1921
Volume 99, Issue 4
  • ISSN: 0002-9637
  • E-ISSN: 1476-1645
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Abstract

Abstract.

Onchocerciasis is a neglected parasitic disease targeted for elimination. Current World Health Organization guidelines for elimination include monitoring antibody responses to the recombinant antigen OV-16 in children to demonstrate the absence of transmission. We report the performance characteristics of a modified OV-16 enzyme-linked immunosorbent assay (ELISA) and describe anti–OV-16 responses in serum samples from laboratory-inoculated nonhuman primates (NHPs) in relation to microfilariae (mf) in skin snip biopsies. This OV-16 IgG4 ELISA had sensitivity and specificity of 88.2% and 99.7%, respectively, as determined by receiver operator characteristic analysis using a serum panel of 110 positive and 287 negative samples from people infected with other filariae or other parasitic infections. Anti–OV-16 responses in inoculated NHP ( = 9) were evaluated at quarterly intervals for IgM and the four IgG subclasses. Enzyme-linked immunosorbent assay results showed a well-defined IgG4 reactivity pattern and moderate IgG1 antibody responses. Meanwhile, the reactivity by IgG2, IgG3, or IgM did not show a clear pattern. Temporal evolution of IgG4 reactivity was evaluated through monthly testing, showing that NHPs developed anti–OV-16 IgG4 on average at 15 months postinoculation (range: 10–18 months). The average time to detectable mf was also 15 months (range: 11–25). The OV-16 ELISA used in this study was robust and allowed the detection of IgG4 responses, which were observed only among animals with detectable mf ( = 5), four of which showed declines in antibody responses once mf cleared. These findings also confirmed that the most informative antibody subclass responses to OV-16 are IgG4.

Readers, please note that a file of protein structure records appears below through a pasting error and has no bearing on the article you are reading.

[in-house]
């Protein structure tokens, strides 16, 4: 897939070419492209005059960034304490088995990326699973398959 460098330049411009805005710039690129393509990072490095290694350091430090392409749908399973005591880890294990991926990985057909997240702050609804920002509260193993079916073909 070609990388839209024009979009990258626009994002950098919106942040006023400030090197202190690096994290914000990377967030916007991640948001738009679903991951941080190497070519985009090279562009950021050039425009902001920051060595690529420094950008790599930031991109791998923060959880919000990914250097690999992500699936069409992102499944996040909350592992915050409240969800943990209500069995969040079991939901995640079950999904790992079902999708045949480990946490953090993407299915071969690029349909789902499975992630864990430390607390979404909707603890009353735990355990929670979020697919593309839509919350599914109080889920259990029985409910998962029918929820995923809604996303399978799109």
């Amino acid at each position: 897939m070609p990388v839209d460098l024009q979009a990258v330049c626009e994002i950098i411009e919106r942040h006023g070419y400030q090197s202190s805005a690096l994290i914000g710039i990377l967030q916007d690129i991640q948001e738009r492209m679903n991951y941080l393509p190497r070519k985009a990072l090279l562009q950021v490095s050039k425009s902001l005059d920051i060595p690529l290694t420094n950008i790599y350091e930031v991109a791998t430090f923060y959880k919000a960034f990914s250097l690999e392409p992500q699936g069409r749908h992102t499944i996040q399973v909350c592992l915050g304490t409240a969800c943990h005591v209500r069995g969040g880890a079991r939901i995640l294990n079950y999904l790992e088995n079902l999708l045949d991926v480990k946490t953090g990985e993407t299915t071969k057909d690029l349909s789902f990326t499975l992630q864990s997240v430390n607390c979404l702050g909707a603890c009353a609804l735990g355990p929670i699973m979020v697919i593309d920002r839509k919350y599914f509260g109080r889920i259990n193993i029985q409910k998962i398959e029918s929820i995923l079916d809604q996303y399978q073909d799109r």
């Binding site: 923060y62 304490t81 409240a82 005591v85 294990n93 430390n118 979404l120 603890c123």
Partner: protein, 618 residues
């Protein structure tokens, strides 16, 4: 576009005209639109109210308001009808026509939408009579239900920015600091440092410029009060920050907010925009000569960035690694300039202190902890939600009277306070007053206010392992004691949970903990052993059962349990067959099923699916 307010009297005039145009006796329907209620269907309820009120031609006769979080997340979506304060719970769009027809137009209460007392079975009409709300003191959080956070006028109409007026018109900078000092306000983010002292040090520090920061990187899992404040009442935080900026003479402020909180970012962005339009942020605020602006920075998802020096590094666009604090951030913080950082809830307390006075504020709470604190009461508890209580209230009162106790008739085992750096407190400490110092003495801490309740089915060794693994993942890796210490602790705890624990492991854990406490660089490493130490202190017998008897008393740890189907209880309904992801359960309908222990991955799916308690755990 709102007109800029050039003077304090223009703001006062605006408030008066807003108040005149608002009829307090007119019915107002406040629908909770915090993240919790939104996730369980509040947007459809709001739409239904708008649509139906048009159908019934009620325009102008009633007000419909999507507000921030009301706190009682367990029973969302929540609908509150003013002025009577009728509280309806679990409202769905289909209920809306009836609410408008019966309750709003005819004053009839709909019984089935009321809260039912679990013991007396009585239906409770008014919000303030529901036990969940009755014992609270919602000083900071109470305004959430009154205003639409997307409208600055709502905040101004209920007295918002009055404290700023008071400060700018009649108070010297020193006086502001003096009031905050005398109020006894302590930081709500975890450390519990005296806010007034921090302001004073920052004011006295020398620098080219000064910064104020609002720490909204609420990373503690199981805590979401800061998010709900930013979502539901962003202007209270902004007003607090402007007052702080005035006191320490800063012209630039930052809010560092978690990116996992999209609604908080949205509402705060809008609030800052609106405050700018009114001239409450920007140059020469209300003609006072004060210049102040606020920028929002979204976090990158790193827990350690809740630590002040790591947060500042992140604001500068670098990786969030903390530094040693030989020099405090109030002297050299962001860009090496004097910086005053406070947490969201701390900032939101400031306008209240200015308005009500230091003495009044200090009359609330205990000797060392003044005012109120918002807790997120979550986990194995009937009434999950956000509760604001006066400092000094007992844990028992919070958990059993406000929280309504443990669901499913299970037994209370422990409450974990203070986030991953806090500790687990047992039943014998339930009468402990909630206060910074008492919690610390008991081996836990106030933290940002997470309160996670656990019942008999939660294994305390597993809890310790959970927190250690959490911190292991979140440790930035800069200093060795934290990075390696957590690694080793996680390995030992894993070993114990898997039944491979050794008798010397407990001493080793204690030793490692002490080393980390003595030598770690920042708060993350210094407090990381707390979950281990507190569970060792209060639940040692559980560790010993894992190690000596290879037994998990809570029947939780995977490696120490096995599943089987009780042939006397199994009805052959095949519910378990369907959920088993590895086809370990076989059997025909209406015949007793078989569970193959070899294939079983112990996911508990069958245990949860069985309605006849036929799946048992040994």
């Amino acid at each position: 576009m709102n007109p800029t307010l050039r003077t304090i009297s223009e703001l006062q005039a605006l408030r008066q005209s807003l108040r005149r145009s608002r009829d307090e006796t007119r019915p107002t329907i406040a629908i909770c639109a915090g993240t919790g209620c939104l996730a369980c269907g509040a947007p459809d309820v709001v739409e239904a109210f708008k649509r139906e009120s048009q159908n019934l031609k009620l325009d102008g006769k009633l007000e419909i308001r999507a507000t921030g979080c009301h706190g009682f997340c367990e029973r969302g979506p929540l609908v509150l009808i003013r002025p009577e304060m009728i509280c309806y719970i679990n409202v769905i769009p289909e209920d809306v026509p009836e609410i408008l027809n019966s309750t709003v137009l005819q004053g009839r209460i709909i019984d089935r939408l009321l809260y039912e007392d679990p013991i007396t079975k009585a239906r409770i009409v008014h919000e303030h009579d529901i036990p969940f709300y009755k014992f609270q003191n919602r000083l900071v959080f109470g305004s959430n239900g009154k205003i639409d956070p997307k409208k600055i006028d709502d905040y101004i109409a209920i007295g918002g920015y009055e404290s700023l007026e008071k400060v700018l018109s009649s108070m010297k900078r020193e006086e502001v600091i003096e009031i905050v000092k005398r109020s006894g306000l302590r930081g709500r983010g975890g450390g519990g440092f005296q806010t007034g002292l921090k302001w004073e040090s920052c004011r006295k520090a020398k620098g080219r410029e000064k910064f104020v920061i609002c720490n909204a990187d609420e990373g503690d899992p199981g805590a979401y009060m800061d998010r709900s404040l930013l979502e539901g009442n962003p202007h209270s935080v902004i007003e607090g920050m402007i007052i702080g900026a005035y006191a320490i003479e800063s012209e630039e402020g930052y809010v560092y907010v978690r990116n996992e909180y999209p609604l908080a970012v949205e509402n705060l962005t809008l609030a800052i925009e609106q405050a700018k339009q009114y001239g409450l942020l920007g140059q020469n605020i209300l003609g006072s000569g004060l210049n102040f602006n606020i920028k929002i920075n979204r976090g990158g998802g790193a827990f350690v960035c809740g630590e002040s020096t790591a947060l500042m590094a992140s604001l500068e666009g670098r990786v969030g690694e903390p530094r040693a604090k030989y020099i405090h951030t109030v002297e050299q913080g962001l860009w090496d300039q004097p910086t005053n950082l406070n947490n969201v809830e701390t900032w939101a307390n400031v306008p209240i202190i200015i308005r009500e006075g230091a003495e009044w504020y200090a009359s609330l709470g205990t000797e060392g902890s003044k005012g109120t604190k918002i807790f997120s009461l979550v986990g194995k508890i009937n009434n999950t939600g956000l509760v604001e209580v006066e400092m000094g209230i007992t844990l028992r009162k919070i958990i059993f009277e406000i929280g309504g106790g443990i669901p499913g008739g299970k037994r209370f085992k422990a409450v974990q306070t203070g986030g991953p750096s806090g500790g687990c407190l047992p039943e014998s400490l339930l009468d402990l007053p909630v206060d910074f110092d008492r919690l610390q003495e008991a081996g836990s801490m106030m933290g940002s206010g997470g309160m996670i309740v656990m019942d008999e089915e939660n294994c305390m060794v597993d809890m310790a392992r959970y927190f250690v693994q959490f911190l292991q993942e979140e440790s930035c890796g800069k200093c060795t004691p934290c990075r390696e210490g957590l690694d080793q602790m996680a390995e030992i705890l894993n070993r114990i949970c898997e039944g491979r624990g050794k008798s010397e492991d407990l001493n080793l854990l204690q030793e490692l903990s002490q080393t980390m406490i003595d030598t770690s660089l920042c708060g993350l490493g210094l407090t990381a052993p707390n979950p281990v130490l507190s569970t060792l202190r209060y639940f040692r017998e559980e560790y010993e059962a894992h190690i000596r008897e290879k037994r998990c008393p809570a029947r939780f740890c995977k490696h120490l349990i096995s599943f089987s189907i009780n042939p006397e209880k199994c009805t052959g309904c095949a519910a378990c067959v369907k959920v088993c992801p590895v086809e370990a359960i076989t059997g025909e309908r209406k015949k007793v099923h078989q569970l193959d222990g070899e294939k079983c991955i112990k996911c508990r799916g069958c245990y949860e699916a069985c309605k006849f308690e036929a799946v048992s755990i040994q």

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Supplemental file and figure

  • Received : 13 Feb 2018
  • Accepted : 18 Jun 2018
  • Published online : 30 Jul 2018

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